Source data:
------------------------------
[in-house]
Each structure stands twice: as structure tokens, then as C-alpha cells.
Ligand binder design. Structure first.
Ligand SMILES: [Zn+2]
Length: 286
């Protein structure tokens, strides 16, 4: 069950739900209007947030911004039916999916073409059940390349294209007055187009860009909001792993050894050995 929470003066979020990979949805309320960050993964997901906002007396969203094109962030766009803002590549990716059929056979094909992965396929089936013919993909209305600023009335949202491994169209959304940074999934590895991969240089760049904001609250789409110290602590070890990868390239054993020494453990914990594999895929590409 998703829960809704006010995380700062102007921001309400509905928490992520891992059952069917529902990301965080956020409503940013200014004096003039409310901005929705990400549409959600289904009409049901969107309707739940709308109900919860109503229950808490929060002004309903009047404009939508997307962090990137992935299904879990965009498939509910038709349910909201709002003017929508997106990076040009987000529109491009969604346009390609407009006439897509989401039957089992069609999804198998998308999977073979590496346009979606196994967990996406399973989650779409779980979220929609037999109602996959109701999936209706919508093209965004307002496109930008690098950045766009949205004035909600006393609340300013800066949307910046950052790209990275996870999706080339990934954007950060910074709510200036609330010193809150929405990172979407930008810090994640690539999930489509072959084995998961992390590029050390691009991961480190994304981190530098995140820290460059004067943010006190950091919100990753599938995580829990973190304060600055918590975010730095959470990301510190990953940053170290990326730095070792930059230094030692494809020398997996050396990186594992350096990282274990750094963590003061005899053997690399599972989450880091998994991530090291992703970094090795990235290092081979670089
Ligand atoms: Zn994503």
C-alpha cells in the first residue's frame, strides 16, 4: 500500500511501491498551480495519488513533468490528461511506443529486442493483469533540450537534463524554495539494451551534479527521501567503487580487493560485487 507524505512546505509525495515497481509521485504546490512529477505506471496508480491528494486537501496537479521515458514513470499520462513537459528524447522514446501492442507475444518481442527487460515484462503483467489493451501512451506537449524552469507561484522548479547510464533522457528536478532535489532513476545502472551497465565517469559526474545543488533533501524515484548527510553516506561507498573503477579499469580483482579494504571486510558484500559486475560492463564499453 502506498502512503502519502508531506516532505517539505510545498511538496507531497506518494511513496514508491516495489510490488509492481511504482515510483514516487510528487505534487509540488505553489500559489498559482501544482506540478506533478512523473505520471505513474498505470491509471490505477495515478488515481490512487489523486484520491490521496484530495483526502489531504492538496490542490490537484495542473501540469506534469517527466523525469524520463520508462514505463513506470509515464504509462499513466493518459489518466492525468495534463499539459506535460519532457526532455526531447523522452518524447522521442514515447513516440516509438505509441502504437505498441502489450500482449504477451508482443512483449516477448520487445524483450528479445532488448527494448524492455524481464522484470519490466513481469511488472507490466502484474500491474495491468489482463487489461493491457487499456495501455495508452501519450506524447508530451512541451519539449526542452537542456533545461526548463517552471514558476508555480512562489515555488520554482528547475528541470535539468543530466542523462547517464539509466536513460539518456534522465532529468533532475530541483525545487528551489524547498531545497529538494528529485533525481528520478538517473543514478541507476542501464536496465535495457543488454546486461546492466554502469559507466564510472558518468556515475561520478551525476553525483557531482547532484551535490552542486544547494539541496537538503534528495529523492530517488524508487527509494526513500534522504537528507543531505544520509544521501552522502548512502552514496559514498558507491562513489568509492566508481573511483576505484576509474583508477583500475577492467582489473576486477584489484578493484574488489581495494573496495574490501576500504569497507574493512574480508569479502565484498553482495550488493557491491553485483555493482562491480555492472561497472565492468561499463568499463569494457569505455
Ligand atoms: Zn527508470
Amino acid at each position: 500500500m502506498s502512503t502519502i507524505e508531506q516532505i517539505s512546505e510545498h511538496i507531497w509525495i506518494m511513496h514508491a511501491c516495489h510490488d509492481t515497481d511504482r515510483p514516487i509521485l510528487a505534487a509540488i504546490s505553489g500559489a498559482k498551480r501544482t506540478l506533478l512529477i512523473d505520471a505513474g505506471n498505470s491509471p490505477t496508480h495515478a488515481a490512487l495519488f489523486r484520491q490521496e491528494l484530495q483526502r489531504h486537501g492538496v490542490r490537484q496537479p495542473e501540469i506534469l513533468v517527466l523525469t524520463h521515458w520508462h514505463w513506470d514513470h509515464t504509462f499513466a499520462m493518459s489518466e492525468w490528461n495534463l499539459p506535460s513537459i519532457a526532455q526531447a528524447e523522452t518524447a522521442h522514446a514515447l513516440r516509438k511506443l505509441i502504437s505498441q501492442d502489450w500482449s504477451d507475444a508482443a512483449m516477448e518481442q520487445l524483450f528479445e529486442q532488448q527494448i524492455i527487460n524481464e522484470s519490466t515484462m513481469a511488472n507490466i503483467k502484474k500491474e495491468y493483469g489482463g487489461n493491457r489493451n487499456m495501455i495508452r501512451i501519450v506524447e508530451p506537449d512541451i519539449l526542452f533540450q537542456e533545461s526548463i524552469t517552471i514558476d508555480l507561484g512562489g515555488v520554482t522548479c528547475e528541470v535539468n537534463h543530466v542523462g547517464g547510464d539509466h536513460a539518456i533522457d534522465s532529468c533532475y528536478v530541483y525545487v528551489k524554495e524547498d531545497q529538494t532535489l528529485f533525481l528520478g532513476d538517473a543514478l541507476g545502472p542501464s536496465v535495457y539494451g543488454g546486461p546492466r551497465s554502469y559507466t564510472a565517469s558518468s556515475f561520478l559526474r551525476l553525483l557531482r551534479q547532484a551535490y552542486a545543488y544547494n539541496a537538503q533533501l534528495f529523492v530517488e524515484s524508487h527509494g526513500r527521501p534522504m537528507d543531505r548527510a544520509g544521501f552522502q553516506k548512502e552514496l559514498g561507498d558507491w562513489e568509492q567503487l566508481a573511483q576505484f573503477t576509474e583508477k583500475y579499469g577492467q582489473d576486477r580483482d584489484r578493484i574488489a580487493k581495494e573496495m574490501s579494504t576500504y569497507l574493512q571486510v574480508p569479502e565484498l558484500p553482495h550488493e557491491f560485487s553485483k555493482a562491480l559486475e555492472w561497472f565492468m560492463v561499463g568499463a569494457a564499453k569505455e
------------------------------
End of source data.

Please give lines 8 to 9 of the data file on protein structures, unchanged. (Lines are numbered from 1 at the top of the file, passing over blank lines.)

C-alpha cells in the first residue's frame, strides 16, 4: 500500500511501491498551480495519488513533468490528461511506443529486442493483469533540450537534463524554495539494451551534479527521501567503487580487493560485487 507524505512546505509525495515497481509521485504546490512529477505506471496508480491528494486537501496537479521515458514513470499520462513537459528524447522514446501492442507475444518481442527487460515484462503483467489493451501512451506537449524552469507561484522548479547510464533522457528536478532535489532513476545502472551497465565517469559526474545543488533533501524515484548527510553516506561507498573503477579499469580483482579494504571486510558484500559486475560492463564499453 502506498502512503502519502508531506516532505517539505510545498511538496507531497506518494511513496514508491516495489510490488509492481511504482515510483514516487510528487505534487509540488505553489500559489498559482501544482506540478506533478512523473505520471505513474498505470491509471490505477495515478488515481490512487489523486484520491490521496484530495483526502489531504492538496490542490490537484495542473501540469506534469517527466523525469524520463520508462514505463513506470509515464504509462499513466493518459489518466492525468495534463499539459506535460519532457526532455526531447523522452518524447522521442514515447513516440516509438505509441502504437505498441502489450500482449504477451508482443512483449516477448520487445524483450528479445532488448527494448524492455524481464522484470519490466513481469511488472507490466502484474500491474495491468489482463487489461493491457487499456495501455495508452501519450506524447508530451512541451519539449526542452537542456533545461526548463517552471514558476508555480512562489515555488520554482528547475528541470535539468543530466542523462547517464539509466536513460539518456534522465532529468533532475530541483525545487528551489524547498531545497529538494528529485533525481528520478538517473543514478541507476542501464536496465535495457543488454546486461546492466554502469559507466564510472558518468556515475561520478551525476553525483557531482547532484551535490552542486544547494539541496537538503534528495529523492530517488524508487527509494526513500534522504537528507543531505544520509544521501552522502548512502552514496559514498558507491562513489568509492566508481573511483576505484576509474583508477583500475577492467582489473576486477584489484578493484574488489581495494573496495574490501576500504569497507574493512574480508569479502565484498553482495550488493557491491553485483555493482562491480555492472561497472565492468561499463568499463569494457569505455
Ligand atoms: Zn527508470